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Movie Review

Bobby and Peter Farrelly, the bawdy brothers behind tasteless comedies such as There’s Something About Mary and Me, Myself & Irene, are back in the director’s chair to take another swipe at helpless targets including the obese and physically challenged. The difference is that, in Shallow Hal , audiences are supposed to be laughing with these characters, not at them. It’s a fine line.

Hal Larsen (Black) and his pal Mauricio (Alexander in George Costanza mode) are superficial jerks who will only date supermodel types. One day, Hal gets trapped in an elevator with self-help guru Tony Robbins, who hypnotizes him so that he’ll see women’s bodies as reflections of their inner beauty. Unaware of his new gift, Hal meets Rosemary (Paltrow). She’s sweet, funny and altruistic. She’s also extremely overweight, though in his eyes she’s a real knockout. When Hal’s perception is eventually restored to normal, he must decide whether to stay with Rosemary.

The film makes great statements about a father’s impact on his daughter’s self-image, as well as how the culture at large has been "brainwashed" to embrace certain standards of beauty. Hal’s compassion for a hospitalized child is moving.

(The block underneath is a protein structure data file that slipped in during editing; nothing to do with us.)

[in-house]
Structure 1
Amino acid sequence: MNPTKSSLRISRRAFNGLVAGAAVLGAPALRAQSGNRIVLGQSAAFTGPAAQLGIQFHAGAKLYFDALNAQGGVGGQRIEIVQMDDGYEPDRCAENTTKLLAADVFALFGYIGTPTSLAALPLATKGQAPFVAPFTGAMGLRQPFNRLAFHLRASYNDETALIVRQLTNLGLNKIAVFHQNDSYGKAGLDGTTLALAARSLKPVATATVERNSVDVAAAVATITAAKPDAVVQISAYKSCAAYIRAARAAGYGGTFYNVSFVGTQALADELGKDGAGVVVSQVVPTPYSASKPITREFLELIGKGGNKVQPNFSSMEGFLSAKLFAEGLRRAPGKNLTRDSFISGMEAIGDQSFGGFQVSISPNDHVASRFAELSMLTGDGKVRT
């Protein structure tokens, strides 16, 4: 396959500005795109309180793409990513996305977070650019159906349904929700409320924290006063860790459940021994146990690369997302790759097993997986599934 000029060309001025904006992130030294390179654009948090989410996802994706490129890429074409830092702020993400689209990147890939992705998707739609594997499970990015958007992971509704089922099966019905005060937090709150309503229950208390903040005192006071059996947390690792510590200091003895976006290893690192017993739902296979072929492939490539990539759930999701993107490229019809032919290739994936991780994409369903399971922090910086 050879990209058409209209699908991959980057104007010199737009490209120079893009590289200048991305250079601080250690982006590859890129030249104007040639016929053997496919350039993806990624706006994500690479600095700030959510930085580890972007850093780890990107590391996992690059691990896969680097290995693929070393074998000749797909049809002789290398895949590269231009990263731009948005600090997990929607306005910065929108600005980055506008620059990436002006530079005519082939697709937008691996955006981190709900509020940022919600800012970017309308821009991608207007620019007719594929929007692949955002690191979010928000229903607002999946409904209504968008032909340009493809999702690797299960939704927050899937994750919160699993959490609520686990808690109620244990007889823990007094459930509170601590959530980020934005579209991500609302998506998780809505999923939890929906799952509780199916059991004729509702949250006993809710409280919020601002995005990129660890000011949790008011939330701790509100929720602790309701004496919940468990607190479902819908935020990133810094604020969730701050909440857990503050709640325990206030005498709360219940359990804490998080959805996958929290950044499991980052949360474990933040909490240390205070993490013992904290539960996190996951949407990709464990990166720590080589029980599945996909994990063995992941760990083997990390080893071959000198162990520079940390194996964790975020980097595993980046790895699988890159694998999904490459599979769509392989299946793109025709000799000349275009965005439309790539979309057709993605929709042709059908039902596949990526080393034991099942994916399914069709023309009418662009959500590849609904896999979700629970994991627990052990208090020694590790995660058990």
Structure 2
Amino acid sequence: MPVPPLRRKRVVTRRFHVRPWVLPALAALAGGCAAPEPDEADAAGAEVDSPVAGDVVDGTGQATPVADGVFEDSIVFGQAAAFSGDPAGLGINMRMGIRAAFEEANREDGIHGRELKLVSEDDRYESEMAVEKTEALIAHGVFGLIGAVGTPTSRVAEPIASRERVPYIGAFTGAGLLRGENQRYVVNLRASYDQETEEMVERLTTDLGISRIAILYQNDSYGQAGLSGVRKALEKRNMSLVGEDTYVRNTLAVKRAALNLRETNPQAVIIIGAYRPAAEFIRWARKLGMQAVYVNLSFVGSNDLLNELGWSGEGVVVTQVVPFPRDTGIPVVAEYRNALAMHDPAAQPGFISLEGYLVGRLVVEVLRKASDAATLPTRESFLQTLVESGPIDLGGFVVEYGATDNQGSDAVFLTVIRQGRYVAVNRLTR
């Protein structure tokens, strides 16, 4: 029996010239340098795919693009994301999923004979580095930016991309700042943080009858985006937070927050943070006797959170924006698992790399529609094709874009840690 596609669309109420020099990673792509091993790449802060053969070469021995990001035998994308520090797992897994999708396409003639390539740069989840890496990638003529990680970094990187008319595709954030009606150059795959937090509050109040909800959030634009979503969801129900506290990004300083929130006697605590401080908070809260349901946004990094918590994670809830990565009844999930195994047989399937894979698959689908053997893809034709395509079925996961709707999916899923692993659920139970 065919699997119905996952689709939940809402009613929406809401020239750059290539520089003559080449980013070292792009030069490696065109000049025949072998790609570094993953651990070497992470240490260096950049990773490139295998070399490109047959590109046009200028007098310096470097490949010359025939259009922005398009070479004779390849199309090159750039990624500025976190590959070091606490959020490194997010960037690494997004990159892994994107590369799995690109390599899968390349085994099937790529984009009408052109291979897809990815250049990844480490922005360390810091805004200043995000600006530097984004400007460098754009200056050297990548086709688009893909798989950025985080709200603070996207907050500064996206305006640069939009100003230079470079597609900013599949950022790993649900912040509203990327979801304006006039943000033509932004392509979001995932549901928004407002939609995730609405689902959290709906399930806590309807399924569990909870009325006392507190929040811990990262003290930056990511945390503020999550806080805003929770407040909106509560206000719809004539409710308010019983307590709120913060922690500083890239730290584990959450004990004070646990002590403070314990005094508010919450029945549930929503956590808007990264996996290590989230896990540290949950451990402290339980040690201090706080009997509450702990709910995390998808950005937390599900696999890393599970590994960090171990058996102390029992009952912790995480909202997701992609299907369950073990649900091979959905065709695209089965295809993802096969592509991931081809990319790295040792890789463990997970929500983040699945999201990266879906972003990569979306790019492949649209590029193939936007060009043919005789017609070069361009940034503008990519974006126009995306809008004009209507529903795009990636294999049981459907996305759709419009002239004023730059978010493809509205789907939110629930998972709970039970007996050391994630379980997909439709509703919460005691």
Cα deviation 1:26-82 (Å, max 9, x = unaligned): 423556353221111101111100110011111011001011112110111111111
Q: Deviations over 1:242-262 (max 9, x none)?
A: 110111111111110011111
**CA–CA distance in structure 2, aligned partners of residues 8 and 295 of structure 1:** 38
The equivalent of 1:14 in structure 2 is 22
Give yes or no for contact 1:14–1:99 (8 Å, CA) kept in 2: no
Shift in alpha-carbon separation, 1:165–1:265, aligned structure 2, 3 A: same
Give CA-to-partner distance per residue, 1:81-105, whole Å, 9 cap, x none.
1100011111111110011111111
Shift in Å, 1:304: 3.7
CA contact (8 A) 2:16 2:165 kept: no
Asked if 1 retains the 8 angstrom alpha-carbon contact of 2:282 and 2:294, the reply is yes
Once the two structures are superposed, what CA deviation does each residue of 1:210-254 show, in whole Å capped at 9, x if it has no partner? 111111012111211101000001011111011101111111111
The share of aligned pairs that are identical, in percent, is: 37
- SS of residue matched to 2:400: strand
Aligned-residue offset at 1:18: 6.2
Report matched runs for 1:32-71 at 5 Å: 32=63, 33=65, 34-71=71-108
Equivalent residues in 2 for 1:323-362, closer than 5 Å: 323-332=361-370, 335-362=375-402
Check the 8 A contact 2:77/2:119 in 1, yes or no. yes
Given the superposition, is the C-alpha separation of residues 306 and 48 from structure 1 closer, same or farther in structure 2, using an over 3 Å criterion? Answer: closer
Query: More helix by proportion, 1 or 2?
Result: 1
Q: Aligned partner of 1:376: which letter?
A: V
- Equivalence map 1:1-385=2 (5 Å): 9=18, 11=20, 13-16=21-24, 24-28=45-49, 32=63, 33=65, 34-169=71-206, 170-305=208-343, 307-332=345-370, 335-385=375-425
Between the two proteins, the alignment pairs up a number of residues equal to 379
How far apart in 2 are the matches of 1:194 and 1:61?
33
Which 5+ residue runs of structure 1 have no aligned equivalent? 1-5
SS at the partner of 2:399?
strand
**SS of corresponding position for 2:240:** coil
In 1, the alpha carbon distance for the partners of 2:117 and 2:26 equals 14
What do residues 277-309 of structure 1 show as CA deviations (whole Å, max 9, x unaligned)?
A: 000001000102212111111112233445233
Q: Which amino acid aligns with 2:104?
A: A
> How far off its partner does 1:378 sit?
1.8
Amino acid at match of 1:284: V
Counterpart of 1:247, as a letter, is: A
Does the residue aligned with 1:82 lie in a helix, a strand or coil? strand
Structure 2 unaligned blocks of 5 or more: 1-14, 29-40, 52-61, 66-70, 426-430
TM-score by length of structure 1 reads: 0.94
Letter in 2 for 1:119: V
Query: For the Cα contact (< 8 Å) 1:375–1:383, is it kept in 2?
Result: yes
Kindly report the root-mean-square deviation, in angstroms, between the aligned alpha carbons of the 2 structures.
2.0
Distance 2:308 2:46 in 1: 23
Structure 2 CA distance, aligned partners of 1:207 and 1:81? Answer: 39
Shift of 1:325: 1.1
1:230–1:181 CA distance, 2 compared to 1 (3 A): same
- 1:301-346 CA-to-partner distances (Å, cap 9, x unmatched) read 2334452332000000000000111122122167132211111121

The treatment of outer vs. inner beauty, however, feels insincere. It’s as if the erotically preoccupied Farrellys don’t buy into their own homily. In the opening scene, a dying father urges his young son to date only hotties. Sadly, that’s the "moral" some viewers will internalize. Subtle hypocrisy notwithstanding, more flagrant fouls range from titillating nudity and sexual immorality, to crude humor and frequent profanity. A premise swimming with possibilities drowns in the shallow end.

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Gwyneth Paltrow as Rosemary Shanahan; Jack Black as Hal Larson; Jason Alexander as Mauricio Wilson; Joe Viterelli as Steve Shanahan


Bobby Farrelly ( )Peter Farrelly ( )


20th Century Fox



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Bob Smithouser

We hope this review was both interesting and useful. Please share it with family and friends who would benefit from it as well.

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